The Mayfields of Oregon were subjected to FBI harassment thanks to the Patriot Act. (Photo by The Oregonian)

The FBI admitted, almost six years ago now, that they messed up when they came after Brandon Mayfield. They even apologized for insisting he had something to do with the terrorist bombing in Madrid that killed 191 and injured thousands.

Boy, were they barking up the wrong tree. Brandon Mayfield is a patriot, an Army veteran, and a lawyer who makes a point of representing indigent defendants. The only thing Mayfield ever did "wrong" was convert to the Muslim religion. And that, he says, is exactly why the FBI convinced themselves that was HIS fingerprint found at the Madrid bomb site, even when Spanish authorities told them they were wrong.

The FBI used the Patriot Act to throw Mayfield in jail, and "sneak and peek" and electronically eavesdrop on the Mayfield family.

They leaked reports to the media that Mayfield was responsible for the Madrid bombing and locked him up for two weeks as a "material witness." They thoroughly searched Mayfield’s property: "What are these Spanish documents?!" The answer was, "That’s my son’s homework from Spanish class."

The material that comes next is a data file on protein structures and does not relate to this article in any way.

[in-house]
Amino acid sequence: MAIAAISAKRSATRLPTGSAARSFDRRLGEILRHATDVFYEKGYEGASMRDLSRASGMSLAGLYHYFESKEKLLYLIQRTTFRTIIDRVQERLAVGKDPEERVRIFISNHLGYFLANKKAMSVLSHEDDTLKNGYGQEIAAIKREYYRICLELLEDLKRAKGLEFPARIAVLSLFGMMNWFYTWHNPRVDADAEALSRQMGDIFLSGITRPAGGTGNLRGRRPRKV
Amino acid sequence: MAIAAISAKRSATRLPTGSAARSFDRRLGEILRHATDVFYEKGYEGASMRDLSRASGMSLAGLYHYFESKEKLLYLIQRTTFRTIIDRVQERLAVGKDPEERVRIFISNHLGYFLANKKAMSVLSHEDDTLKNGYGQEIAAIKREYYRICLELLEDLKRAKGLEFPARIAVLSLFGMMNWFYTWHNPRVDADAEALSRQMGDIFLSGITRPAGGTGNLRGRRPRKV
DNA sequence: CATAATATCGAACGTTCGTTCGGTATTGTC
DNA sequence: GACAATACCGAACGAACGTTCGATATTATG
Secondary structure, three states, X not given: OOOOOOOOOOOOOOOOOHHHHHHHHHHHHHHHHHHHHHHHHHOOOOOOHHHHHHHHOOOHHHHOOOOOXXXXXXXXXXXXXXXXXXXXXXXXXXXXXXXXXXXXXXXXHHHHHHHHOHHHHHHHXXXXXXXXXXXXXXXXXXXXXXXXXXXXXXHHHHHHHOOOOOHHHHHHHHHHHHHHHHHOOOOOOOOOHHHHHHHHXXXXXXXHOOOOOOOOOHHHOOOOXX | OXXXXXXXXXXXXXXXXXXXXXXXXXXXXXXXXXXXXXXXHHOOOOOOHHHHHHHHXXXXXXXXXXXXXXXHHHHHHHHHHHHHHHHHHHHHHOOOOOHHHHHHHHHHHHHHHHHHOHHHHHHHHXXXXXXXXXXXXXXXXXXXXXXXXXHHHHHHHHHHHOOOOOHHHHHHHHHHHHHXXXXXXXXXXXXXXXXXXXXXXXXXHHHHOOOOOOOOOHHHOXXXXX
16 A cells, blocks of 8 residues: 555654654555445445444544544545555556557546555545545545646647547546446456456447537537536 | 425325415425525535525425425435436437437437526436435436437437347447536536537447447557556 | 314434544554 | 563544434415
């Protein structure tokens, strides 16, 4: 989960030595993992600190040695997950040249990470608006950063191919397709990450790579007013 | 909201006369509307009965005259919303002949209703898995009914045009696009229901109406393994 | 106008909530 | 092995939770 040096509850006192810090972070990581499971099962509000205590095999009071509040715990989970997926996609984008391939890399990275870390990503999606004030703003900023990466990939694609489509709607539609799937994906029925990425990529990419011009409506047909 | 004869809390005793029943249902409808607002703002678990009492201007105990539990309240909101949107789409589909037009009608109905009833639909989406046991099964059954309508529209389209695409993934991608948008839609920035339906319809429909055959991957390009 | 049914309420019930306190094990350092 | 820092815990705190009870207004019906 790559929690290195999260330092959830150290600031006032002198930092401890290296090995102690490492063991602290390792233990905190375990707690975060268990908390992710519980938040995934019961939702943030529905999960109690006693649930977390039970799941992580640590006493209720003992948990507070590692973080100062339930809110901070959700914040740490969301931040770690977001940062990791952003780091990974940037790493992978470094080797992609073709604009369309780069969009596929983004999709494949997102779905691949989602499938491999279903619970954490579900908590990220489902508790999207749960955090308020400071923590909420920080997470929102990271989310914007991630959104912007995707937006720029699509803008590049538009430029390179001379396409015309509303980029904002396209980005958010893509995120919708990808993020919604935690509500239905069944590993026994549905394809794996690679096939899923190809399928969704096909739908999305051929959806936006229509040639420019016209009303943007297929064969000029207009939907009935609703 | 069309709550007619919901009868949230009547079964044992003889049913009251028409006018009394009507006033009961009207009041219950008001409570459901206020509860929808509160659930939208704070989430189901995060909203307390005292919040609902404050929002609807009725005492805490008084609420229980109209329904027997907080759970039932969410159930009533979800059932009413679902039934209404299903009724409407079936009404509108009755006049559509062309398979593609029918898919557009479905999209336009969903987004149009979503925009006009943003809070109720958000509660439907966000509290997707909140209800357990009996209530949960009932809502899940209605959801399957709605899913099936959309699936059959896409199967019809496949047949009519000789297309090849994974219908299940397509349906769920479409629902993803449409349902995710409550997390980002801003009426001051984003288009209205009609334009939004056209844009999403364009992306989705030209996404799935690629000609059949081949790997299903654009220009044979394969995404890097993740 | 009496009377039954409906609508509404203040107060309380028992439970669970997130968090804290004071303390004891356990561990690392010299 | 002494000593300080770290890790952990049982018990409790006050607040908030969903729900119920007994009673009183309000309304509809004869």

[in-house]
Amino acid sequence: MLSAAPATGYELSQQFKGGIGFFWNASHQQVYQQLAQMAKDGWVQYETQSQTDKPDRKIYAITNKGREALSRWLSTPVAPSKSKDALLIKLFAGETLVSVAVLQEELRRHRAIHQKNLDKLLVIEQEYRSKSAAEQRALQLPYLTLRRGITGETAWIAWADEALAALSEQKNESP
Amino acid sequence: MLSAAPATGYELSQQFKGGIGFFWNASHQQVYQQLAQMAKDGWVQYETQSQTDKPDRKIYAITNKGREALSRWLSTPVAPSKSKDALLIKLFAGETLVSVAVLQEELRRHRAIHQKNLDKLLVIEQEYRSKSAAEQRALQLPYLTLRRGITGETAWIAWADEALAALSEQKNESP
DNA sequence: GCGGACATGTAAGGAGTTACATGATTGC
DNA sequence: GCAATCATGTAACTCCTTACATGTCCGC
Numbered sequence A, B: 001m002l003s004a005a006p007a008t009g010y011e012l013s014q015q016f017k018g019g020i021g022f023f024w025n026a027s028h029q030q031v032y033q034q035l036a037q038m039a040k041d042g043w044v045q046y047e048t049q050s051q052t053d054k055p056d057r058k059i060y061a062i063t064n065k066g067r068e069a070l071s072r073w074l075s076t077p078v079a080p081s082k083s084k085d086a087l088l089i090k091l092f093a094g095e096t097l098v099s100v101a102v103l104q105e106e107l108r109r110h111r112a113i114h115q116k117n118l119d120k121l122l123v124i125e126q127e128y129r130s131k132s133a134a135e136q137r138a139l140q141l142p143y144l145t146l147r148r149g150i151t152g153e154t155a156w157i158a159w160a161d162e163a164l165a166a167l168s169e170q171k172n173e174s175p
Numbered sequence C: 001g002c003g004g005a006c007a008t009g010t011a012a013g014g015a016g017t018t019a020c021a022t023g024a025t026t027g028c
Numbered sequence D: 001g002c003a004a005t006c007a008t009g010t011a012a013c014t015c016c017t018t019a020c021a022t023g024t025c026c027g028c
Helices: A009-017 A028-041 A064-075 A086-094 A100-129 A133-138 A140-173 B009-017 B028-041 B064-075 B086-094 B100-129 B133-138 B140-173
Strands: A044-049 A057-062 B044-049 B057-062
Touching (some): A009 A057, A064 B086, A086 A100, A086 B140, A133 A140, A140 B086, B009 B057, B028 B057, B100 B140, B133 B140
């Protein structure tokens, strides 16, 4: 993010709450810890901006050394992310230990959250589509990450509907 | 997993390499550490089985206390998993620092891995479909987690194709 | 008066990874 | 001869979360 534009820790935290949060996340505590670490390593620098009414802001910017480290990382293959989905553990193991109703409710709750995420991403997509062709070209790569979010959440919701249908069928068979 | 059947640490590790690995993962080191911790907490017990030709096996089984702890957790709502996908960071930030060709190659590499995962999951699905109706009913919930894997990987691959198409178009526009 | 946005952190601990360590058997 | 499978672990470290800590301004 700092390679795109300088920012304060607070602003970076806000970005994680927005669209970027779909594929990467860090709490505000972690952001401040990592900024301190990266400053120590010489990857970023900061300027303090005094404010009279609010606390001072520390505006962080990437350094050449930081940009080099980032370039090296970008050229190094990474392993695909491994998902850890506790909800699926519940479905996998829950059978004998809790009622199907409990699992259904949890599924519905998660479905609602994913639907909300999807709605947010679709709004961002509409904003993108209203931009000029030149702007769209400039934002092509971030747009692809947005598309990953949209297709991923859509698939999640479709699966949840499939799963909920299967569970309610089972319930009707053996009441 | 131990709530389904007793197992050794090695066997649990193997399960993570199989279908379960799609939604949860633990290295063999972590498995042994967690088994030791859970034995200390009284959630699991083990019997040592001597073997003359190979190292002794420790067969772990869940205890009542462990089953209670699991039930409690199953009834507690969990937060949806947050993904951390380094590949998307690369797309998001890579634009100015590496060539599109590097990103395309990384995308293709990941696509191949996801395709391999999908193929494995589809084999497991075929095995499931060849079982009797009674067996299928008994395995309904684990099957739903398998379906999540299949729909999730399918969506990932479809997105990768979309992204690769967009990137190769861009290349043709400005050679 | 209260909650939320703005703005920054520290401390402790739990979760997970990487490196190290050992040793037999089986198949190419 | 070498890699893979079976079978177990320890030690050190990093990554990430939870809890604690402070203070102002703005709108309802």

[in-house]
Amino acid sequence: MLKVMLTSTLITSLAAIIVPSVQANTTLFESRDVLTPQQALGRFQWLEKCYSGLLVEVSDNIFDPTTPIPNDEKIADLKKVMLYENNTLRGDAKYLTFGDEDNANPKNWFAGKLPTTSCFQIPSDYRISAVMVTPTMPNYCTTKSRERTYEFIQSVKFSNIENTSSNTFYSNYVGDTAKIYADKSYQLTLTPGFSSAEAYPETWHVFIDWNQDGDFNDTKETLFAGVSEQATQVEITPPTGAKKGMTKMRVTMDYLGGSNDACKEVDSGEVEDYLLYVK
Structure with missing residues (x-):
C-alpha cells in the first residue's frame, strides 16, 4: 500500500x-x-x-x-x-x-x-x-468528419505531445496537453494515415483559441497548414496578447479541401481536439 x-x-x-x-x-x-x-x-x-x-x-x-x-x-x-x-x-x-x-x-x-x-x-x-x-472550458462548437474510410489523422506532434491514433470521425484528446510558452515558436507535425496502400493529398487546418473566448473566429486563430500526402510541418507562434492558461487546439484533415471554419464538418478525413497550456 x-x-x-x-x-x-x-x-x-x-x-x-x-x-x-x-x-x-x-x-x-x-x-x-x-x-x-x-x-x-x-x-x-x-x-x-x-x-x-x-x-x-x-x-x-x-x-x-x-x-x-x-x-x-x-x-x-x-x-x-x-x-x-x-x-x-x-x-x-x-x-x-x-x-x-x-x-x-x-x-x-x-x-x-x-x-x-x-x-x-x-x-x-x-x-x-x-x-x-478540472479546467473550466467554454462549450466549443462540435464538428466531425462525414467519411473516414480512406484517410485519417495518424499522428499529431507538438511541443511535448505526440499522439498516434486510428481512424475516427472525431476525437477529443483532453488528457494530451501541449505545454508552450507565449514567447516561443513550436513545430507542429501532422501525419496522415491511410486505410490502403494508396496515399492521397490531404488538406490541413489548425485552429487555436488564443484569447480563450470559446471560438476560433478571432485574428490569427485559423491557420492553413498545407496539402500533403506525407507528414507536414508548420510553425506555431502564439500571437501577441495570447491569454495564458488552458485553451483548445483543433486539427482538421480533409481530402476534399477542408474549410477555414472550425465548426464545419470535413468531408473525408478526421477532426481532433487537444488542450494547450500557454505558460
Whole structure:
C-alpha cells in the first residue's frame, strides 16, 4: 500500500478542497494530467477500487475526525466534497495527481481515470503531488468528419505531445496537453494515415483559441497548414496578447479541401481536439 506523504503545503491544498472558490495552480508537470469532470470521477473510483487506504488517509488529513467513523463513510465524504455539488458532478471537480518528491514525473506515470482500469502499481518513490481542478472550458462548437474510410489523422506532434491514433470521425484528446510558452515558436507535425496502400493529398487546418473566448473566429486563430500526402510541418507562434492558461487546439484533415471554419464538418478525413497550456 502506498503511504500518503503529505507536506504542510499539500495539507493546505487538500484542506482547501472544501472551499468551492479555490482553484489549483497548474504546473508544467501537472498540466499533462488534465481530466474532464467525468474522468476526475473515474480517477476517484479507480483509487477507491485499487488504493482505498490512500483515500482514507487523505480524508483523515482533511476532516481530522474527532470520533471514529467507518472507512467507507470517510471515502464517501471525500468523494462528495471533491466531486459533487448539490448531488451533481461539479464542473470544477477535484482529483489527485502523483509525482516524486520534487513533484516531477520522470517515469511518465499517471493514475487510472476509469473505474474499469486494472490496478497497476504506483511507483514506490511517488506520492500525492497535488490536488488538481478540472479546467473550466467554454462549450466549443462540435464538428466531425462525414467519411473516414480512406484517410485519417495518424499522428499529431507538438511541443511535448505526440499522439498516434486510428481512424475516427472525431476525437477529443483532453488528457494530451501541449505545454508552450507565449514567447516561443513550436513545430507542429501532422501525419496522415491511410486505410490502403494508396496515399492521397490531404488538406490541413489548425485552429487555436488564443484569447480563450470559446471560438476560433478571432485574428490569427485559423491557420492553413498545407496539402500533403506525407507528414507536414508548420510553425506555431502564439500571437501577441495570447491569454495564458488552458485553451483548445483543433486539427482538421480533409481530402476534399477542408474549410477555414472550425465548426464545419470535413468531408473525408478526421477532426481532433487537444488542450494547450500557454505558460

A likely story.

Eventually Mayfield and his family settled with the FBI. They accepted $2 million and an apology, but Mayfield insisted on retaining the right to challenge the constitutionality of the Patriot Act. He filed that suit immediately, and a U.S. District Judge ruled in the Mayfields’ favor in 2007. Of course the Bush administration appealed.

The 9th Circuit Court of Appeals ruled December 10 that Mayfield has no standing to pursue the suit because “his injuries already have been substantially redressed by the settlement agreement, and a declaratory judgment would not likely impact him or his family.”

Illegal search and seizure, schmillegal schmearch and schmeizure, says the court.

Mayfield’s lawyer, Elden Rosenthal, is not pleased. "We strongly disagree with the appeal court’s decision," he told the Oregonian. "The law is not always just, the courts are not always right. What is right here is that American citizens are entitled to protection from an oppressive government. What is wrong here is that the right was not provided."

The Mayfield family still has the option of appealing their case to the Supreme Court, but they haven’t made that decision yet. They’re still reeling from this week’s decision by the Court of Appeals.

Brandon Mayfield committed the egregious sin of being a Muslim. His son compounded this vicious terrorist act by studying Spanish in school. It was Mayfield’s hope that through his lawsuit he could protect other Americans from suffering the persecution his family endured. But in the wake of the circuit court’s decision, the Patriot Act lives on – due to a technicality.

Watch our 2005 video about the Brandon Mayfield case.